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Monitoring Medications

Medicines can be critical for treating and preventing diseases. Yet sometimes medicines cause side effects and actually make a person feel worse. Side effects are more common as people age, so it's important to understand how to identify and prevent side effects.

In older people, it may be difficult to distinguish between side effects and symptoms of disease, especially for those with several different diseases. A person feeling dizzy, for example, may think it is a symptom of their heart disease, rather than a side effect from a new medication.

Common side effects from medicines are dizziness, fatigue, dry mouth, constipation and headache, and in older men, difficulty urinating. Because some side effects such as difficulties with balance or memory are vague, people may attribute them to "just getting older."

More side effects

Side effects are more common in older people because many have several chronic diseases or conditions and, therefore, are often taking several medicines. The more medicines a person is taking, the more likely it is that he or she may experience side effects. There is also a greater chance that medicines can interact with each other.

Changes in the body that occur with age can affect how medicines are removed from the body. When medicine is swallowed, it is absorbed through the wall of the stomach or intestines and goes into the bloodstream. After the blood carries the medicine to the tissues, the medicine is eventually removed from the body by the kidneys and liver.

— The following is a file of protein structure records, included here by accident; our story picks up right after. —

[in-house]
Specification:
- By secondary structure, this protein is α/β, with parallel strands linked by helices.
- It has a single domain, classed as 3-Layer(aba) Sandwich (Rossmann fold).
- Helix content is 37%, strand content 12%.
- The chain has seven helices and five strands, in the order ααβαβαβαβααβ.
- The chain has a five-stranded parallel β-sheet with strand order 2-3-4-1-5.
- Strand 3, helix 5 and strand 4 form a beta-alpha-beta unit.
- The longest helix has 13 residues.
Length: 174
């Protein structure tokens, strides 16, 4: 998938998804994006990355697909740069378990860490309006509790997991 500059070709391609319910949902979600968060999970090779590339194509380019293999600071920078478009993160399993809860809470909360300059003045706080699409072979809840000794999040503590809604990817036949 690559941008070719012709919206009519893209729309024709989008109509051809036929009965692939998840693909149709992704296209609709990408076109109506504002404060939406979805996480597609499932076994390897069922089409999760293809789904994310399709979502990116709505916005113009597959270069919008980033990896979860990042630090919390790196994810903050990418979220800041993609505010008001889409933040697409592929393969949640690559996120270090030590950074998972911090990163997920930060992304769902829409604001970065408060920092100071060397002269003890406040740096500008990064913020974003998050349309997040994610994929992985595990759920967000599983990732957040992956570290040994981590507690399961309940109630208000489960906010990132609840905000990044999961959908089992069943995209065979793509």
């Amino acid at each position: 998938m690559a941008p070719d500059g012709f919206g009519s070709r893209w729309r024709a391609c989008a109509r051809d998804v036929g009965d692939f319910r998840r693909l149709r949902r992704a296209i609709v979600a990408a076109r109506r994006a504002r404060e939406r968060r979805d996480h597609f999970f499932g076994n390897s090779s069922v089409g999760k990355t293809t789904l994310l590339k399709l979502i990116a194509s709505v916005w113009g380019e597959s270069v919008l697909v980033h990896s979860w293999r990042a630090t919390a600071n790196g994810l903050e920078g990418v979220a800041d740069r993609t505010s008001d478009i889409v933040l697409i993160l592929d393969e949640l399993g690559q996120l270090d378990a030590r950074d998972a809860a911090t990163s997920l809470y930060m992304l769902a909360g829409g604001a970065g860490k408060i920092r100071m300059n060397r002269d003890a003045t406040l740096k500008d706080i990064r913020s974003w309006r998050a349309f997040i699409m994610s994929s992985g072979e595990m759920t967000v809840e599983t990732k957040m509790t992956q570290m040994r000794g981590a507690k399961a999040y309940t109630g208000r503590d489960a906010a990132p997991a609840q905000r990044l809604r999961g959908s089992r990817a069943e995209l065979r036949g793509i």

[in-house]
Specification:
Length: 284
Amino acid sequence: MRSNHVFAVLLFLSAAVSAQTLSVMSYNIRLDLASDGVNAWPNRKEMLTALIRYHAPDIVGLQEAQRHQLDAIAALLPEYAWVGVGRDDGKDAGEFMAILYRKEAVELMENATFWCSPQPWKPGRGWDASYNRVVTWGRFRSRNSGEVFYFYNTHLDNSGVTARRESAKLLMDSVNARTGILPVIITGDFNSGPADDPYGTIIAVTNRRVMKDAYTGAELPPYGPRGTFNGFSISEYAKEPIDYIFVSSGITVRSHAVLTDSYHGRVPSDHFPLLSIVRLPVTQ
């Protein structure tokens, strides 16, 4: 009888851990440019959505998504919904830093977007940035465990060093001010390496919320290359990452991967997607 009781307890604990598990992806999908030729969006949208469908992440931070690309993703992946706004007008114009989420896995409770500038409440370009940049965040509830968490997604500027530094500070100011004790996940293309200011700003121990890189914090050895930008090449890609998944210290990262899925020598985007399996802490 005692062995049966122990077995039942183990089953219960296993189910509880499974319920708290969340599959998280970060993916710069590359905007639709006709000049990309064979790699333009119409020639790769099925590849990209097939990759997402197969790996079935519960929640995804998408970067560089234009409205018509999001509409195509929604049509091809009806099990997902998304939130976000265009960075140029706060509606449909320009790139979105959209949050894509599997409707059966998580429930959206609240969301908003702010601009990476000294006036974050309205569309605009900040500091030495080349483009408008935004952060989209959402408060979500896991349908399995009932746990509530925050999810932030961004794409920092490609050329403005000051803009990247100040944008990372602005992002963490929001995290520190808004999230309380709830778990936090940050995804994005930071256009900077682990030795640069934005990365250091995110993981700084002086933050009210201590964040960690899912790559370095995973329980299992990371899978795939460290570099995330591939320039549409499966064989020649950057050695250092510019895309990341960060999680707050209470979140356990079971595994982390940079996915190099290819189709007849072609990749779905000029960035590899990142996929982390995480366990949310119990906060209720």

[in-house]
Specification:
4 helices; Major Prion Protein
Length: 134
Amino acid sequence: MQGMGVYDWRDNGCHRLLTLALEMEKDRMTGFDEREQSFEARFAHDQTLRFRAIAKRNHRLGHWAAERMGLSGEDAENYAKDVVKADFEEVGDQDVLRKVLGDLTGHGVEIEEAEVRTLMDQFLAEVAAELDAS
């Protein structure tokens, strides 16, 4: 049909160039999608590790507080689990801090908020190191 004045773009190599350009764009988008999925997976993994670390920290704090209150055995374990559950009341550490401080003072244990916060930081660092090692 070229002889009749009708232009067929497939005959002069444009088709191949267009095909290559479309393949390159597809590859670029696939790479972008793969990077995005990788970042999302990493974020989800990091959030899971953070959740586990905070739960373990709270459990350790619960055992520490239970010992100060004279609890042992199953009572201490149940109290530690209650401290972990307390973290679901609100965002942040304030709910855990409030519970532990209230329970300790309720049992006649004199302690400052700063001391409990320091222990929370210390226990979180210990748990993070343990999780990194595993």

As people get older, the kidneys and liver do not remove drugs as efficiently. Therefore, drug levels in the bloodstream may become too high and cause side effects. Health care providers can use lower doses of medication to prevent drug levels from becoming too high. Certain diseases can also affect how drugs are handled in the body. For example, high blood pressure and diabetes can damage the kidneys, resulting in slower removal of a drug. And some drugs can reduce the ability of the kidneys or liver to remove drugs.

Other medications

Many older people also take nonprescription medications, including herbal and natural remedies. Although these can be useful for treating mild symptoms, they can also have some negative side effects. Pain medicines, such as ibuprofen, can affect the kidneys and may cause bleeding stomach ulcers. Ginko biloba and ginseng, both herbal remedies, can interfere with the action of warfarin (a medication to treat blood clots) and cause excessive bleeding. Talk to your doctor or pharmacist about using over-the-counter medicines or any herbal or natural remedies. Your pharmacist and doctor can keep a record of these drugs and make sure they are not interacting with any other medicines.

Using medicines safely

The FDA offers these tips for older adults:

  • Know the common side effects of all of your medicines.

  • Contact your pharmacist or doctor if you think you are experiencing a side effect. Remember that any new changes in your health may be a drug side effect.

  • Keep a complete list of your medicines, including nonprescription medicines. Share this list with your health care provider.

  • Throw out medicines that have expired.

  • Do not share medicines with other people. The dose and the medicine were chosen specifically for you and may not be right for other people.

  • Fill all your prescriptions at the same pharmacy. Your pharmacist can then keep track of the medicines you use and be aware of any possible problems with interactions.